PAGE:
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The Bible states in numerous places that Earth and/or man is center.

Joshua 10:12-13: On the day the LORD gave the Amorites over to Israel, Joshua said to the LORD in the presence of Israel: "O sun, stand still over Gibeon, O moon, over the Valley of Aijalon." So the sun stood still, and the moon stopped, till the nation avenged itself on its enemies, as it is written in the Book of Jashar. The sun stopped in the middle of the sky and delayed going down about a full day.

Copernicus proved this false.

This error remains unresolved.

How does the Bible resolve this discrepancy?

closed as primarily opinion-based by KorvinStarmast, curiousdannii, Lee Woofenden, depperm, bruised reed Jul 16 '18 at 15:17

Many good questions generate some degree of opinion based on expert experience, but answers to this question will tend to be almost entirely based on opinions, rather than facts, references, or specific expertise. If this question can be reworded to fit the rules in the help center, please edit the question.

  • Just for the record, Copernicus had nothing to do with proving anything useful about the solar system. He advanced a badly flawed theory that happened to put the sun in the right place, but got basically every other relevant detail badly wrong. The person who came up with what turned out to be the correct model was Kepler, about a century later, and actually proving it had to wait a few more centuries. – Mason Wheeler Jul 14 '18 at 13:14
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    Please edit this to add a quote from a Christian who says that this passage means or implies that the sun orbits the earth. We cannot research the justifications for beliefs when we don't know who are the people who believe them. – curiousdannii Jul 15 '18 at 5:48
  • @MasonWheeler where is the evidence that heliocentrecism is wrong? Keep in mind that copernicus was one of the first to write that there was no center. He didn't just figure out the sun's non movement, but also that we were not center of anything – boobie Jul 15 '18 at 17:34
  • @curiousdannii I'm trying to keep opinions out of the mix. – boobie Jul 15 '18 at 17:36
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The only error here that needs resolution is your false premise and incorrect reading of the text. The Bible is not a scientific journal and includes many different literary genres. Your mistake is reading it in a way it was not meant to be read.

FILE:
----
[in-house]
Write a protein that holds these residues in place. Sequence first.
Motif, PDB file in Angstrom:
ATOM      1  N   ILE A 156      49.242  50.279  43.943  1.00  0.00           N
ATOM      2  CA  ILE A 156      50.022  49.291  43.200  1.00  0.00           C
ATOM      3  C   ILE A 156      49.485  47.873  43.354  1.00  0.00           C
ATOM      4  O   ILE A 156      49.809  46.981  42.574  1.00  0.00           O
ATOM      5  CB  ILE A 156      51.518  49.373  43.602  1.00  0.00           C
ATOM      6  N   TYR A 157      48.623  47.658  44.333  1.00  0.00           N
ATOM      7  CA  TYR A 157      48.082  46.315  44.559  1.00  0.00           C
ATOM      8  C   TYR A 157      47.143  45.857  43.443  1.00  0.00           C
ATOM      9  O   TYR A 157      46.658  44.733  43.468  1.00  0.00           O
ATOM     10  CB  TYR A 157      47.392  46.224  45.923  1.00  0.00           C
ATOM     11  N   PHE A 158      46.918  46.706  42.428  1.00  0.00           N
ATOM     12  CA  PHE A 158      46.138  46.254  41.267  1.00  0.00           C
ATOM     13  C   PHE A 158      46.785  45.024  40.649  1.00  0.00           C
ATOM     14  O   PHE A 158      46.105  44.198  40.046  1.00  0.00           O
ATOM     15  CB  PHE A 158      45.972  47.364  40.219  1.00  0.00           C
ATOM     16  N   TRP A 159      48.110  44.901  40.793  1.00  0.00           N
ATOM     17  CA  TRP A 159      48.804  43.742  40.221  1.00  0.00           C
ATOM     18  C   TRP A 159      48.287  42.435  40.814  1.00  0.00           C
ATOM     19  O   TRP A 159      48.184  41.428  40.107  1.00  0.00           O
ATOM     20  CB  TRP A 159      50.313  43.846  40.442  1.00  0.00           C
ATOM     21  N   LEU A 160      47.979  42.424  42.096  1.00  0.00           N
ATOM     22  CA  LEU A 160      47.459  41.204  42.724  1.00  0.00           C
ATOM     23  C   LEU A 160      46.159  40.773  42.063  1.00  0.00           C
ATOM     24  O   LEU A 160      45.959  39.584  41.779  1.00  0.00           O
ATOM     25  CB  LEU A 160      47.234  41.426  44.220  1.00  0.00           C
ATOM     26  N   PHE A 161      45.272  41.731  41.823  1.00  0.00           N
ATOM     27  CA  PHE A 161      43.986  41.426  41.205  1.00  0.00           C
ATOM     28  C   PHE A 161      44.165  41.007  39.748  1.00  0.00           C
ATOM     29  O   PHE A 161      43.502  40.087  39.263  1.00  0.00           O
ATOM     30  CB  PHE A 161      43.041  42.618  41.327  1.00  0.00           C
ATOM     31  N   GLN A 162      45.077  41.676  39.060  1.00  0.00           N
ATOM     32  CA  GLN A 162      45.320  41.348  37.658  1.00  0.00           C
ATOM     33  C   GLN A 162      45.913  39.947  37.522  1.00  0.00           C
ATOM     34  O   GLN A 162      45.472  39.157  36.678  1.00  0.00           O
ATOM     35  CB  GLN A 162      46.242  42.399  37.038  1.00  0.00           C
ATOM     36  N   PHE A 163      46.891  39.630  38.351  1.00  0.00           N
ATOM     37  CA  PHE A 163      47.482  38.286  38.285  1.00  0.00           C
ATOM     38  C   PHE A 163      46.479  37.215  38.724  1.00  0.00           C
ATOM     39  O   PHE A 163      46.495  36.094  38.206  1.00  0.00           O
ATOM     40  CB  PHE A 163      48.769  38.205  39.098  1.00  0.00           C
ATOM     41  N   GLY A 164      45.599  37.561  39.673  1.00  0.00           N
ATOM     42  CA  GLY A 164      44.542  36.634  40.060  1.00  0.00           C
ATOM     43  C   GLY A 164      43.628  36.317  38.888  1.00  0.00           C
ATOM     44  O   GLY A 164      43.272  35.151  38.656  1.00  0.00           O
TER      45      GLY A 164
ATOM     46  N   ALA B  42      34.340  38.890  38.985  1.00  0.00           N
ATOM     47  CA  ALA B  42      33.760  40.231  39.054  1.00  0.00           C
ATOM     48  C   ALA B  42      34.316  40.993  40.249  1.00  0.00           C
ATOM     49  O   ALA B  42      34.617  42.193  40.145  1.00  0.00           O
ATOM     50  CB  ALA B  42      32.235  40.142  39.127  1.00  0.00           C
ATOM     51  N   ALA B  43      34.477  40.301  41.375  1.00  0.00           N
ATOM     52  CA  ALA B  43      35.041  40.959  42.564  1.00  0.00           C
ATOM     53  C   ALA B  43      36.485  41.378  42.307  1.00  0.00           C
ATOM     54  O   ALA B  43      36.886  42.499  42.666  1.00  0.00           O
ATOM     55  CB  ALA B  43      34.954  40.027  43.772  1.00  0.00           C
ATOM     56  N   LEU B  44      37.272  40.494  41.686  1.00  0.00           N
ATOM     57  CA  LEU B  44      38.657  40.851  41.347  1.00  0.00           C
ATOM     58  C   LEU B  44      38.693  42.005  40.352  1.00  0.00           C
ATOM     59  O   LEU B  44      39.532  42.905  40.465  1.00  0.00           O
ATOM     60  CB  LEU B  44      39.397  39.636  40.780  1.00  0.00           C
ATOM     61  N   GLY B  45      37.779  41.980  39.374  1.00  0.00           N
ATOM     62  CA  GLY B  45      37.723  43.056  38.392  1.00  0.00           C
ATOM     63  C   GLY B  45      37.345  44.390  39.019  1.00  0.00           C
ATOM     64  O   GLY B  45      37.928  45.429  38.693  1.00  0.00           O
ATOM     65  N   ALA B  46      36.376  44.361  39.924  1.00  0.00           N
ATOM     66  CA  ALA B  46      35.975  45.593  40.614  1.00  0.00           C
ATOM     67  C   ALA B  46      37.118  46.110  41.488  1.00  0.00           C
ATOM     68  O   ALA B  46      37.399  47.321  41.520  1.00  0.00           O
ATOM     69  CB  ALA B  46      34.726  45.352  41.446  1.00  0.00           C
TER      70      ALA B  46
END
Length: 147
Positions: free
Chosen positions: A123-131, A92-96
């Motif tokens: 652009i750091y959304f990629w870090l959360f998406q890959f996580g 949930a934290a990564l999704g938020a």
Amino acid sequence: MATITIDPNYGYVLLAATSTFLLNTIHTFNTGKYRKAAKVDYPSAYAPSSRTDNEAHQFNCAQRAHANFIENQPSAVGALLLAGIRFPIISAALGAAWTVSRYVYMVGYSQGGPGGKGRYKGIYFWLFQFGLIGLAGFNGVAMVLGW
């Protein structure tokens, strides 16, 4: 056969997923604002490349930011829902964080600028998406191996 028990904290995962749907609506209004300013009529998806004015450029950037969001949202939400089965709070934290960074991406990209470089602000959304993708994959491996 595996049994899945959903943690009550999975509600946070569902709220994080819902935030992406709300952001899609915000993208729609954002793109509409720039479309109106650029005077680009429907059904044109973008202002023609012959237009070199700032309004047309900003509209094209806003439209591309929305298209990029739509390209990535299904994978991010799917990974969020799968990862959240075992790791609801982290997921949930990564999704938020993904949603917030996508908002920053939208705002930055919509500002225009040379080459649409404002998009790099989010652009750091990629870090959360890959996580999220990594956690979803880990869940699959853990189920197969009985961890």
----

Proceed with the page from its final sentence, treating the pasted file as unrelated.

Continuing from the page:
Even today with our advanced technical and scientific understanding of the universe, it is common to speak of "sunset"/"sunrise" and "the sun going down"/"the sun coming up". Even in the 21st century we don't bother with the technical explanation of the earth's rotation in every day speech, we use loose approximations based on observation from a limited perspective. To a chap standing on the ground it does kind of look like the sun is rising and setting, even if we know perfectly well about the orbit and spin of the planet.

Unless you want to assert that every modern use of terms like "sunrise" are geocentrism, then your assertion that the Bible supports geocentrism is inconsistent with the way you use language.

  • I disagree. facts are either substantiated or invalidated. The movement of the life giving force on this rock is a pretty important factor. Without that sun, none would exist. An 'all knowing' entity is expected to know this. At the very least, not get the facts wrong. Is god perfect with everything but math and astronomy? how are we defining perfection? – boobie Jul 14 '18 at 13:07
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    @boobie God didn't get anything wrong here. The only thing you disagree with is well established and documented hermeneutics. The Biblical text uses human languages exactly the way humans do and effectively (and accurately) communicates what it was intended to communicate. Just because it isn't the sort of technical documentation manual you want it to be doesn't mean it is in any way faulty. – Caleb Jul 14 '18 at 13:24
  • but geocentricism is not accurate in any language. Is there a key that decodes any intended meaning? – boobie Jul 15 '18 at 17:32
  • Geocentrism is not true in any language, but in many languages, as Caleb states, there are times when it is reasonable, appropriate, and sometimes best to speak as if it were correct. Given the cultural understanding of astronomy at that time, it seems to me entirely appropriate to speak in such a way. – Matt Gutting Jul 16 '18 at 3:35

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